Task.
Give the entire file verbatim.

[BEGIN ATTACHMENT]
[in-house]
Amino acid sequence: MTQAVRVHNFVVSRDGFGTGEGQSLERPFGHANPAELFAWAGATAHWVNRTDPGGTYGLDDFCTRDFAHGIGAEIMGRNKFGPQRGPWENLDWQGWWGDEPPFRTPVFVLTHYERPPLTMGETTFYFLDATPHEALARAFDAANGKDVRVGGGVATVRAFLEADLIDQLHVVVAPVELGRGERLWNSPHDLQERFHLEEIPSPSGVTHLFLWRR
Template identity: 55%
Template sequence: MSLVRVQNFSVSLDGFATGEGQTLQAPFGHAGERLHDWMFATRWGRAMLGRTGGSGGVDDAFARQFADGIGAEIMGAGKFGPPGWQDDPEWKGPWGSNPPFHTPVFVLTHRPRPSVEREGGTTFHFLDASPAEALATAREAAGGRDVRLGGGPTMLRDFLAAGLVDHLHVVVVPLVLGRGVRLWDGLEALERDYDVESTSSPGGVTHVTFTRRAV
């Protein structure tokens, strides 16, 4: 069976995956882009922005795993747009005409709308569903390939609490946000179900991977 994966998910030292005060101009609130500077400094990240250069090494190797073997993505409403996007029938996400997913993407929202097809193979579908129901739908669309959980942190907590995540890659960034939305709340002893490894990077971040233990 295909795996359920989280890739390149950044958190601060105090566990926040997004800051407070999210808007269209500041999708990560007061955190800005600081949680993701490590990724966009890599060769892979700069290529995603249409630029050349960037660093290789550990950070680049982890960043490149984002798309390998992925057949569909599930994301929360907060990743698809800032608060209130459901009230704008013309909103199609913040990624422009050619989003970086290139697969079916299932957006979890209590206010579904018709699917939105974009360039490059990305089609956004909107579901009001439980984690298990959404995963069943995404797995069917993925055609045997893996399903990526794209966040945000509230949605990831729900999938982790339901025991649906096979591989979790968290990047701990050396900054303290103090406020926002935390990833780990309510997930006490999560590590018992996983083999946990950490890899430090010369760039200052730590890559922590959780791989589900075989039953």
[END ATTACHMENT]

[in-house]
Amino acid sequence: MTQAVRVHNFVVSRDGFGTGEGQSLERPFGHANPAELFAWAGATAHWVNRTDPGGTYGLDDFCTRDFAHGIGAEIMGRNKFGPQRGPWENLDWQGWWGDEPPFRTPVFVLTHYERPPLTMGETTFYFLDATPHEALARAFDAANGKDVRVGGGVATVRAFLEADLIDQLHVVVAPVELGRGERLWNSPHDLQERFHLEEIPSPSGVTHLFLWRR
Template identity: 55%
Template sequence: MSLVRVQNFSVSLDGFATGEGQTLQAPFGHAGERLHDWMFATRWGRAMLGRTGGSGGVDDAFARQFADGIGAEIMGAGKFGPPGWQDDPEWKGPWGSNPPFHTPVFVLTHRPRPSVEREGGTTFHFLDASPAEALATAREAAGGRDVRLGGGPTMLRDFLAAGLVDHLHVVVVPLVLGRGVRLWDGLEALERDYDVESTSSPGGVTHVTFTRRAV
């Protein structure tokens, strides 16, 4: 069976995956882009922005795993747009005409709308569903390939609490946000179900991977 994966998910030292005060101009609130500077400094990240250069090494190797073997993505409403996007029938996400997913993407929202097809193979579908129901739908669309959980942190907590995540890659960034939305709340002893490894990077971040233990 295909795996359920989280890739390149950044958190601060105090566990926040997004800051407070999210808007269209500041999708990560007061955190800005600081949680993701490590990724966009890599060769892979700069290529995603249409630029050349960037660093290789550990950070680049982890960043490149984002798309390998992925057949569909599930994301929360907060990743698809800032608060209130459901009230704008013309909103199609913040990624422009050619989003970086290139697969079916299932957006979890209590206010579904018709699917939105974009360039490059990305089609956004909107579901009001439980984690298990959404995963069943995404797995069917993925055609045997893996399903990526794209966040945000509230949605990831729900999938982790339901025991649906096979591989979790968290990047701990050396900054303290103090406020926002935390990833780990309510997930006490999560590590018992996983083999946990950490890899430090010369760039200052730590890559922590959780791989589900075989039953």